Communication in the IEP Meeting

There will most likely be many people around the table at your child's IEP meeting, particularly if this is the initial meeting for diagnosis. It can be overwhelming when you walk into a room and see so many professionals all ready to talk about your child. Remember, everyone wants your child to have the best learning experience possible and to succeed! Here are some tips that parents have found helpful when they have attended IEP meetings.

What to bring

  • Bring a definition of dyslexia and/or reading disorder with you and read this at the beginning of the meeting. This may help to clarify the often misunderstood term for the team.
  • Some parents bring a picture of their child and prepare a short positive description to read at the beginning of the meeting. This sets the focus of the meeting on your child.
  • If you are asking the school to increase the amount of therapy time, provide specific data about your child’s success and progress with intensive therapy. Collect and showcase a portfolio of your child’s work to illustrate the effective strategies as well as areas of weakness.
  • Be concrete and descriptive about the type of explicit and systematic intervention that you want your child to receive in school (i.e. “Individualized, step-by-step instruction will be provided at the student’s instructional level. Regular feedback will be provided regarding mastery.”)
  • Bring visual aids, such as graphs, tables, and pre/post testing scores to illustrate you child’s progress outside of school. You may also use visual aids for test scores in academic subjects to demonstrate your child need for services within the school.

What to do during the meeting

  • Provide your input regarding the goals. You may submit your own goals and priorities during the meeting.
  • Request a draft of the IEP before the meeting and review it with outside therapists to identify elements you would want to add or change.
  • Consider the following areas to enhance or modify that are often missed on the initial IEP:
    • Social goals
    • Independence and attention goals
    • Organization goals

Suggestions for after the meeting

  • Ask for a draft of the IEP before you leave the meeting. This will allow you to have more time to review it. It may be helpful to review the contents with your advocate or private therapists and read it several times before signing it. You may ask the school to modify and/or clarify portions of the IEP before you wish to sign it.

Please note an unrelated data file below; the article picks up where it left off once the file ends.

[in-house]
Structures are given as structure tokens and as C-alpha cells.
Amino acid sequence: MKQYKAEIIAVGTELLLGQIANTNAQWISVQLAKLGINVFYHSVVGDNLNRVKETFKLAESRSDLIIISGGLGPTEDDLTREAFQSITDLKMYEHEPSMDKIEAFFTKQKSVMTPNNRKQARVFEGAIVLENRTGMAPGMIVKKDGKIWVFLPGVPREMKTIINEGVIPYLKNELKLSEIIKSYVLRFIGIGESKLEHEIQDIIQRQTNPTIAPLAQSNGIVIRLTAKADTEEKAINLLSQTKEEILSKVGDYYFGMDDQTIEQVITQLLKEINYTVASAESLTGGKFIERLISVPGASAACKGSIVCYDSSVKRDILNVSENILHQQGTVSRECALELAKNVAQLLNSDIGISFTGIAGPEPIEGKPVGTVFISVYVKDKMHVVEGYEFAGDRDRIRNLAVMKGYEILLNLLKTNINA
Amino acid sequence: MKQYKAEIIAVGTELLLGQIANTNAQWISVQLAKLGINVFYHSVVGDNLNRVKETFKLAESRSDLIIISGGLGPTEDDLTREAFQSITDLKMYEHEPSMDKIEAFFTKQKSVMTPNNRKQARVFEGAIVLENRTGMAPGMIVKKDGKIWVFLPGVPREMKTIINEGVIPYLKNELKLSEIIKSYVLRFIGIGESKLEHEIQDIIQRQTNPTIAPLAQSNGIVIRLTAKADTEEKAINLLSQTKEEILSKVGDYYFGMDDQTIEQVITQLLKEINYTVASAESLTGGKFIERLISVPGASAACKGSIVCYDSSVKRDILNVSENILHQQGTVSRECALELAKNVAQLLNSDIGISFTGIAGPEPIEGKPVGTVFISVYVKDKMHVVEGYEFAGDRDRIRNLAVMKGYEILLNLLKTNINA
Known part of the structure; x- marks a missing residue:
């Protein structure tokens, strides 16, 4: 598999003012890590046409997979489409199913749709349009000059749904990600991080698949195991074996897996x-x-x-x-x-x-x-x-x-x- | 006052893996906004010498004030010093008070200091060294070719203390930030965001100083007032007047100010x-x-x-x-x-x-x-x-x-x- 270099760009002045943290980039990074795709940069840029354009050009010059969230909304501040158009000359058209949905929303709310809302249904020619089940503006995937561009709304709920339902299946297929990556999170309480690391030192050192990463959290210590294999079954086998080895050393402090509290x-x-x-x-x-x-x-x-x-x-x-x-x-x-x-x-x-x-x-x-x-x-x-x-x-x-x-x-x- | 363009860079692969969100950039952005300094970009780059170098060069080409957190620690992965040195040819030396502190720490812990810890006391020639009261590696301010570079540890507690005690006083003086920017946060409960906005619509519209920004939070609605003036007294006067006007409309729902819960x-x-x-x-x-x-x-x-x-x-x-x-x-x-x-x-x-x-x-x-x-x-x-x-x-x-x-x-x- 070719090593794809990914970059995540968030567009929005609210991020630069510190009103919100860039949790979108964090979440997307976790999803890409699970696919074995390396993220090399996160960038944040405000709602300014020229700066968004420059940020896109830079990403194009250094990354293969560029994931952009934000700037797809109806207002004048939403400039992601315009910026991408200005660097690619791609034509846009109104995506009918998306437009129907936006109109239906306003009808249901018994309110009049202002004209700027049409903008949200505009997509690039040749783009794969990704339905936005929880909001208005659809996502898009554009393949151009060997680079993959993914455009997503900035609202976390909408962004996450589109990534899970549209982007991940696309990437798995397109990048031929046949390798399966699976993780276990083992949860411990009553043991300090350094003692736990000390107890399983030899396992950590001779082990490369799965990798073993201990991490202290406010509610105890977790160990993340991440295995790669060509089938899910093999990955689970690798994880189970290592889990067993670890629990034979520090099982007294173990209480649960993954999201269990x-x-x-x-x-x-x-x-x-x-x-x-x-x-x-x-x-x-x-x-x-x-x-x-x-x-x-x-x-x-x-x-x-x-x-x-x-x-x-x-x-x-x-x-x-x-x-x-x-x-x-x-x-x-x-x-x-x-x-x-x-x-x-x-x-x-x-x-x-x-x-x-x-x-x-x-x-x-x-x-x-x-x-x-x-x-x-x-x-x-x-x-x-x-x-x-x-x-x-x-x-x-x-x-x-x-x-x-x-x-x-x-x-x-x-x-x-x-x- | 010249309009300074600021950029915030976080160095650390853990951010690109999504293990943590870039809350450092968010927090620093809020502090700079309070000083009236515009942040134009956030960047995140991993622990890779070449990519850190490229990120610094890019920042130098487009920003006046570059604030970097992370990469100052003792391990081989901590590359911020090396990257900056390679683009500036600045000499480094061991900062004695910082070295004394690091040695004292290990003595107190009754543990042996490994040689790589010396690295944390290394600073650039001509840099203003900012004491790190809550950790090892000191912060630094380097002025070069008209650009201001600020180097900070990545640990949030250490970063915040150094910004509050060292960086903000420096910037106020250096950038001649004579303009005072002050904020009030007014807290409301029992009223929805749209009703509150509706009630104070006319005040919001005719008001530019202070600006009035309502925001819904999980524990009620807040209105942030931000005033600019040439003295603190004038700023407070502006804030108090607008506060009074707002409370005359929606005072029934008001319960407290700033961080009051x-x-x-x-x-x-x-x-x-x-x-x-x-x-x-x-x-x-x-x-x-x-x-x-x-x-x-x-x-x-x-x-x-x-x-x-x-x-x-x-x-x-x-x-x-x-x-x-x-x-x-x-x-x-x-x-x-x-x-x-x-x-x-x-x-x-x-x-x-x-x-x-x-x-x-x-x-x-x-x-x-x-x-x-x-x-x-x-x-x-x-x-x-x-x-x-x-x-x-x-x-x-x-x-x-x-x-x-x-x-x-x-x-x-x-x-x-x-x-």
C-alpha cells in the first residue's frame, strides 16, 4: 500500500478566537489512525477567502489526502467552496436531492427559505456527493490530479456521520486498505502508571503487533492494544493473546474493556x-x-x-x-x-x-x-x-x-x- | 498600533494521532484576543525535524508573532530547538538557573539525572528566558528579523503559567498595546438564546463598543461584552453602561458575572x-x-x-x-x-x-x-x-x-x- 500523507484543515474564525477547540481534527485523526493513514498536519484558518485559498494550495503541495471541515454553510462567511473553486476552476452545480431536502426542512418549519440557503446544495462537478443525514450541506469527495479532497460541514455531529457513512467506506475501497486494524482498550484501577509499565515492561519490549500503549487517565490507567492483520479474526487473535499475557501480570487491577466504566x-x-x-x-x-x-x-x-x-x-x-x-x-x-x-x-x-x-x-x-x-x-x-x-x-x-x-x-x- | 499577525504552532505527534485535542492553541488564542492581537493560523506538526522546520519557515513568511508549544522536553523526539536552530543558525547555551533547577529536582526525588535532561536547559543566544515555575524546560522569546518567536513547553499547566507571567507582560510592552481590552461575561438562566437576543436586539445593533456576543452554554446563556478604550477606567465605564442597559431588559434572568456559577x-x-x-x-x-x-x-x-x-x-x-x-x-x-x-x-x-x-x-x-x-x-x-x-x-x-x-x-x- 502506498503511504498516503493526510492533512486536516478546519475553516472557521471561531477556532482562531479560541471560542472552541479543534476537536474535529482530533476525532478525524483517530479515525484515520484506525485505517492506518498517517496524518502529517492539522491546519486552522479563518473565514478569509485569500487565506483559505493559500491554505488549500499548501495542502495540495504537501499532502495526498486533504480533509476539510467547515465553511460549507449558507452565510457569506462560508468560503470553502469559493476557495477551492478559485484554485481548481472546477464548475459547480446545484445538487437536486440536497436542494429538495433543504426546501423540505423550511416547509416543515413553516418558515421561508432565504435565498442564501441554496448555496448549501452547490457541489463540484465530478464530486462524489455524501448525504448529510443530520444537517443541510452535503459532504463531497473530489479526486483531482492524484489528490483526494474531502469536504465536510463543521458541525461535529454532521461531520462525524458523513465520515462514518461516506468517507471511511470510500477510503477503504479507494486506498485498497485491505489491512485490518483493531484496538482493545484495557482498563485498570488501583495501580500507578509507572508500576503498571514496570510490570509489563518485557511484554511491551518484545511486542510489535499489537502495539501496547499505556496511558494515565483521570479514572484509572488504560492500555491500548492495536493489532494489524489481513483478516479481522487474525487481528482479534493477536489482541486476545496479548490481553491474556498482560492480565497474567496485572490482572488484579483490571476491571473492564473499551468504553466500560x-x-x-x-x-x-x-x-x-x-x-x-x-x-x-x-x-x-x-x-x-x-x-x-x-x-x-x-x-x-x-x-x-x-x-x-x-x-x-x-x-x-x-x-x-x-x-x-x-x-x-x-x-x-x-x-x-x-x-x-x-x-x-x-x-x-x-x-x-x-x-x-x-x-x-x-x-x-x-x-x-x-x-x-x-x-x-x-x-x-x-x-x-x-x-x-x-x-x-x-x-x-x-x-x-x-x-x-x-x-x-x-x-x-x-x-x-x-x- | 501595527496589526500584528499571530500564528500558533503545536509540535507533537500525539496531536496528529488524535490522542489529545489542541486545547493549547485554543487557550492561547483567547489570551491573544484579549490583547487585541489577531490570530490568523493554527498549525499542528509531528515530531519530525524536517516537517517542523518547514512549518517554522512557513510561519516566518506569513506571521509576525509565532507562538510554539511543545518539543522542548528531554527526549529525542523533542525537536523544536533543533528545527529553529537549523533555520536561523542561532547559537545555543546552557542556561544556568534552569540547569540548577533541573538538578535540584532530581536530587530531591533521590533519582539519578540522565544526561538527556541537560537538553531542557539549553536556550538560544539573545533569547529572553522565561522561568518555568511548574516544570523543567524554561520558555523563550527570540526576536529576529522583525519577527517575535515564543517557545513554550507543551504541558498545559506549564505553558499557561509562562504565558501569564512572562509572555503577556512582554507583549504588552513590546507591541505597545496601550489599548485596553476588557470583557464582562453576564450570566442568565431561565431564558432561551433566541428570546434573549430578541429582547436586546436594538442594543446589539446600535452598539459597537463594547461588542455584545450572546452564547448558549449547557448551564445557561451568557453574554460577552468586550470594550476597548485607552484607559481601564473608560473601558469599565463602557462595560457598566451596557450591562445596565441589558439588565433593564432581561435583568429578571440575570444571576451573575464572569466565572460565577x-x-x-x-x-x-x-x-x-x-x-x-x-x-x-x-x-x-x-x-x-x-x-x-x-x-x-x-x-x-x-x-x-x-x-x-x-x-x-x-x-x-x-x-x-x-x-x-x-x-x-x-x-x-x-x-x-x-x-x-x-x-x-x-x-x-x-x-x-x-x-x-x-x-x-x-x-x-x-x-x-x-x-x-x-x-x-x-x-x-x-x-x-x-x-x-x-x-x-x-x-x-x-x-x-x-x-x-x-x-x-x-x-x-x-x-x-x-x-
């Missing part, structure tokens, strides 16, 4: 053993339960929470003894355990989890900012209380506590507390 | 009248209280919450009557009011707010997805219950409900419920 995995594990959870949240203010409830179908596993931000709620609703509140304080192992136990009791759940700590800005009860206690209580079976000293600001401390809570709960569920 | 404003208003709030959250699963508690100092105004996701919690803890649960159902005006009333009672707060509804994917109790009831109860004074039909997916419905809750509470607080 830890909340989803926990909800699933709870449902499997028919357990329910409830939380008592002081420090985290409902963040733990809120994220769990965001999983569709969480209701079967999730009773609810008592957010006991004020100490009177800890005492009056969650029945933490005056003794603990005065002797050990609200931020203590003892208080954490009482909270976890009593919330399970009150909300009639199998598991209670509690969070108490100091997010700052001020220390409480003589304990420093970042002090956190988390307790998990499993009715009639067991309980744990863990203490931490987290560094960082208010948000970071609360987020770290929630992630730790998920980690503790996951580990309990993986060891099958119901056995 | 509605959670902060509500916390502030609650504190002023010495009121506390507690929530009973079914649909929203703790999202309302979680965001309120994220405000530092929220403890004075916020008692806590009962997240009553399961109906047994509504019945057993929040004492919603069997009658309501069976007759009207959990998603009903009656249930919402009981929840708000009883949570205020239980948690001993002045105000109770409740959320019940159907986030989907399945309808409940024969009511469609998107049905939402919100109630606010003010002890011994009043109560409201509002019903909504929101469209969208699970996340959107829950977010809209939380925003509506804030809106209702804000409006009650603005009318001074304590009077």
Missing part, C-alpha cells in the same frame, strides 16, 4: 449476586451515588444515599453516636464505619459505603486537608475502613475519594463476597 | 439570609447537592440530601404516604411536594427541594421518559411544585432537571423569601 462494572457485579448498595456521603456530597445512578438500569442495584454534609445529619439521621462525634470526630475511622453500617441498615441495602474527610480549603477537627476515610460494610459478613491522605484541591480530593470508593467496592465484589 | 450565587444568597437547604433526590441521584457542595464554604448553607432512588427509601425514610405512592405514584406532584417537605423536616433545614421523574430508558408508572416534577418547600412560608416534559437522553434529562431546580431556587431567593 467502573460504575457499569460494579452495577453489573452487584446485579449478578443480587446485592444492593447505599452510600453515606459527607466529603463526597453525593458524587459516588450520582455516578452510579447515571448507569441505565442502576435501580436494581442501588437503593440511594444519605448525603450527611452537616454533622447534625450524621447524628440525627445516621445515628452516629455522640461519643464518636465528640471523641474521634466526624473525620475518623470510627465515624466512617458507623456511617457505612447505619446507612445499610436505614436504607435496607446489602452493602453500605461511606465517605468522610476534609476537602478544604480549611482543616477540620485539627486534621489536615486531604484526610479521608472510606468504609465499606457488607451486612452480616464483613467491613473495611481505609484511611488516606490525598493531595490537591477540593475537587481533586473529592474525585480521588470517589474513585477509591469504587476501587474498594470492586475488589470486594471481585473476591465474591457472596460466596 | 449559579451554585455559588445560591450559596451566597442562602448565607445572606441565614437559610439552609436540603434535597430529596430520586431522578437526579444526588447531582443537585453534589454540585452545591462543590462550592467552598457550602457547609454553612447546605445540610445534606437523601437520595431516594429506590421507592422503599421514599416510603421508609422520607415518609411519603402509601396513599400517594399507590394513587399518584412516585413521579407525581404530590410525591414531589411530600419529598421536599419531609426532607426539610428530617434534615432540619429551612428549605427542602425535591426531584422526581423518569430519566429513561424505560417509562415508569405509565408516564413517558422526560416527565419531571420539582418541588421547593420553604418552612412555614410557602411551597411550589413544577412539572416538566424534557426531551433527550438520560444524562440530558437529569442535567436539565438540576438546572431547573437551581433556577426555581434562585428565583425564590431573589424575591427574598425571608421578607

• When reviewing the IEP, ensure that it described your child’s present performance, unique needs, and the specific and practical ways the school will meet those needs. It should include:
    • Baseline data from diagnostic testing and observation of your child.
    • Goals which are observable, measurable, and achievable within a stated time frame.
    • A schedule for ongoing evaluation. You should receive regular updates from the school about how your child is doing towards meeting his/her goals.
    • Clear accommodations to support your child in the learning process. These may include preferential seating, extra time to complete tests and papers, etc.
    • Transition planning: If your child is nearing a transition from elementary to middle school, middle school to high school, and from high school to higher education or vocational work, the IEP must state ways in which the school will help to prepare him/her for these transitions.
  • Follow up with each person who delivers the special education services (i.e. the teacher consultant, speech pathologist, counselor, classroom teacher, etc.). It is a good idea to inquire about each person’s experience, certification, and/or training in this area of remediation.
  • Determine who will be responsible for the implementation of the IEP as a whole. If any problems arise, you will know the appropriate person to contact. Document this person’s title in the “Reporting Progress” portion of the IEP.
  • Follow up is often required after the actual meeting to ensure smooth implementation of all the goals, strategies, and communication. Be pro-active if something is not working.
  • Preparing, attending, and following up on an IEP meeting can be a demanding task. Consider getting support for yourself. Many parents find that it is helpful to join a support group such as your local Parent Advisory Committee (PAC) for Special Education or to talk to another parent who has been through the process.